Drug-safety experts recommend throwing all your pill bottles into a bag at least once a year and taking them to your doctor or pharmacist for a thorough drug checkup. That "brown-bag review" of prescription and over-the-counter drugs as well as vitamins and supplements provides a chance to check for duplicate meds, excessive doses, and dangerous interactions, and for you to ask questions.

For insight on how easy it is to talk with pharmacists about your drugs and to see how well they caught potentially dangerous interactions, we sent 10 secret shoppers to 45 pharmacies across the U.S. and had them ask about a list of drugs they were “taking.”

They included three prescription drugs (the blood-pressure medication hydrochlorothiazide, the blood thinner Coumadin, and the sleeping pill Ambien) and two OTC drugs (baby aspirin and Aleve PM, a combination pain pill and sleep aid).

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Shoppers reported that in most cases (84 percent), pharmacists appropriately warned them about the risk of bleeding when taking Coumadin, Aleve PM, and aspirin together. Flagged less often was the potential for next-day drowsiness when combining Ambien and Aleve PM, or nighttime dizziness from the blood-pressure drug hydrochlorothiazide, Ambien, and Aleve PM.

Our shoppers also recorded observations about their experiences, noting that overall the pharmacists were helpful. Here are some tips from them, as well as some from pharmacists at leading drugstore chains:

Make sure you talk with the pharmacist. In half their visits, shoppers first met a clerk or pharmacy technician at the counter, not a pharmacist.

Schedule an appointment. The pharmacists did a pretty good job of spot-checking problems when our shoppers just showed up at the counter. But experts say that for a full brown-bag review, you’re better off reserving time with your pharmacist or doctor.

Ask about insurance. None of our shoppers had to pay for their walk-in visits, and CVS and Target told us they also do free comprehensive reviews. Other pharmacies, and your doctor, may charge for full reviews, but most often it’s only your regular insurance co-pay. Medicare allows free yearly reviews with a doctor, and for many Medicare Part D patients taking multiple meds, a pharmacist, too.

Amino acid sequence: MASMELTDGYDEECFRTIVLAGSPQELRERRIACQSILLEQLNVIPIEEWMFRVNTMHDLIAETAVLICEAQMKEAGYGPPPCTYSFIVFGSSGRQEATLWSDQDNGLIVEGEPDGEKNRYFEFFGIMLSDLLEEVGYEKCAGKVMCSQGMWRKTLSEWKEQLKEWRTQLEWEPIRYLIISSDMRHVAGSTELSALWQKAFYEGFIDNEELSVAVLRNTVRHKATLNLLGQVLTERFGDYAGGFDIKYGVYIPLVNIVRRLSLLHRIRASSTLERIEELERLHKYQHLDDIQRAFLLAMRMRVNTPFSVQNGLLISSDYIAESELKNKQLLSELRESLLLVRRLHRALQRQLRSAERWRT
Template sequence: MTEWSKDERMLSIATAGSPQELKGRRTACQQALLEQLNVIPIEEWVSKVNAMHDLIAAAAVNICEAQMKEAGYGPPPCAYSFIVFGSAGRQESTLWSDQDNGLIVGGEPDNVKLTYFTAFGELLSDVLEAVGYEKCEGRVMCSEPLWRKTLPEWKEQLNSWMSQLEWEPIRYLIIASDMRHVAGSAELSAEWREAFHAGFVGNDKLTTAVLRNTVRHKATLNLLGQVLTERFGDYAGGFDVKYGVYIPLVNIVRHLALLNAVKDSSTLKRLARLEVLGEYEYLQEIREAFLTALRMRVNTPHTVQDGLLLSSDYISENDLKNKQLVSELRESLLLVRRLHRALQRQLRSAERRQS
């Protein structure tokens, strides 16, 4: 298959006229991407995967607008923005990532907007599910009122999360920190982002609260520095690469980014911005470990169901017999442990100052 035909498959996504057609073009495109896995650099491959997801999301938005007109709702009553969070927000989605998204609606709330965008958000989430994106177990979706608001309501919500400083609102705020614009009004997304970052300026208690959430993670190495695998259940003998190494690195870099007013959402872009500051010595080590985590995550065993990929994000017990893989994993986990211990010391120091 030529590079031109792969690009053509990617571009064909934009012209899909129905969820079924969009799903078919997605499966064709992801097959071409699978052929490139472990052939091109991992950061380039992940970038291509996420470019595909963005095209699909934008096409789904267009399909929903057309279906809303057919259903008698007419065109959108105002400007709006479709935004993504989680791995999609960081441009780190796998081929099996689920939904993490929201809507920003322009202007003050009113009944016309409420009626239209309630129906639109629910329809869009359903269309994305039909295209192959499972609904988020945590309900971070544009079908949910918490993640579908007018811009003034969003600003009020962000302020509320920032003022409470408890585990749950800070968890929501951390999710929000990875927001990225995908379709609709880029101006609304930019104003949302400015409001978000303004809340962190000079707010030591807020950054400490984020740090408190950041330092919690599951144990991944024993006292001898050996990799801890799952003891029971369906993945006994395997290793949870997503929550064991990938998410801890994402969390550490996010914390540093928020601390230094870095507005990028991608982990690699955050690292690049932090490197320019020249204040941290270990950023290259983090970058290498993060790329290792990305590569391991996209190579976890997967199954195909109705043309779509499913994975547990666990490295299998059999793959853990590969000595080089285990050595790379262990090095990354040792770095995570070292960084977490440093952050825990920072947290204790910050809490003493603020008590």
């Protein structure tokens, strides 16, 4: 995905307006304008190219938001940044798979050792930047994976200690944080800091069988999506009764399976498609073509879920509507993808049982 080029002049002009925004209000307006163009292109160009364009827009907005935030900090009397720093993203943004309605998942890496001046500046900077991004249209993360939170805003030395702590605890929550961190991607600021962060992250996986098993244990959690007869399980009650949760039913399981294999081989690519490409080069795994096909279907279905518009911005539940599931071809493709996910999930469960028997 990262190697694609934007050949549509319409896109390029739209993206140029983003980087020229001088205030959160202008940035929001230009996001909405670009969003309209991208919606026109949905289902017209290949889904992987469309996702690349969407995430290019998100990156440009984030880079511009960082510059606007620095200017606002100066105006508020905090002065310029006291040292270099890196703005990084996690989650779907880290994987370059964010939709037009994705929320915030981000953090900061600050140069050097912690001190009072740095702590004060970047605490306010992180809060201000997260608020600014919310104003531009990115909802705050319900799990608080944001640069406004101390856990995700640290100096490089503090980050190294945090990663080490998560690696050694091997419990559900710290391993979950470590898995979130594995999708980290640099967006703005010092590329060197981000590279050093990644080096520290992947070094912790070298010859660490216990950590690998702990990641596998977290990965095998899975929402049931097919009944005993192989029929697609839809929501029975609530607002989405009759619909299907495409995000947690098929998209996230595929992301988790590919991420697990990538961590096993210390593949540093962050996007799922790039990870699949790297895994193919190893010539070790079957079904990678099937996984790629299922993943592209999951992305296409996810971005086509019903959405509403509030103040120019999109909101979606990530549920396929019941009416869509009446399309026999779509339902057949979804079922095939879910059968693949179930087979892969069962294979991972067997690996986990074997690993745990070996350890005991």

Be thorough. Cover the basics for each medication or supplement, such as what it’s for, how long you should take it, what it costs, and any side effects and potential interactions. Also ask about nondrug options that might be safer, and whether you can switch to a lower dose.

National Check Your Meds Day

Consumer Reports, working with the Department of Health and Human Services, has proclaimed Oct. 21, 2017, “National Check Your Meds Day.” A number of pharmacies—Albertsons, Costco, CVS, Sam’s Club, Target, Walmart, and many independents—have agreed to support the effort. Some may even have extra staff on hand to help you review your meds. Ask your local pharmacy whether it is participating.

Good to know: Asking whether there are meds you can stop taking could result in at least one less prescription, according to CR’s recent nationally representative survey.

Editor’s Note: This special report and supporting materials were made possible by a grant from the state Attorney General Consumer and Prescriber Education Grant Program, which is funded by a multistate settlement of consumer fraud claims regarding the marketing of the prescription drug Neurontin (gabapentin).

This article also appeared in the September 2017 issue of Consumer Reports magazine.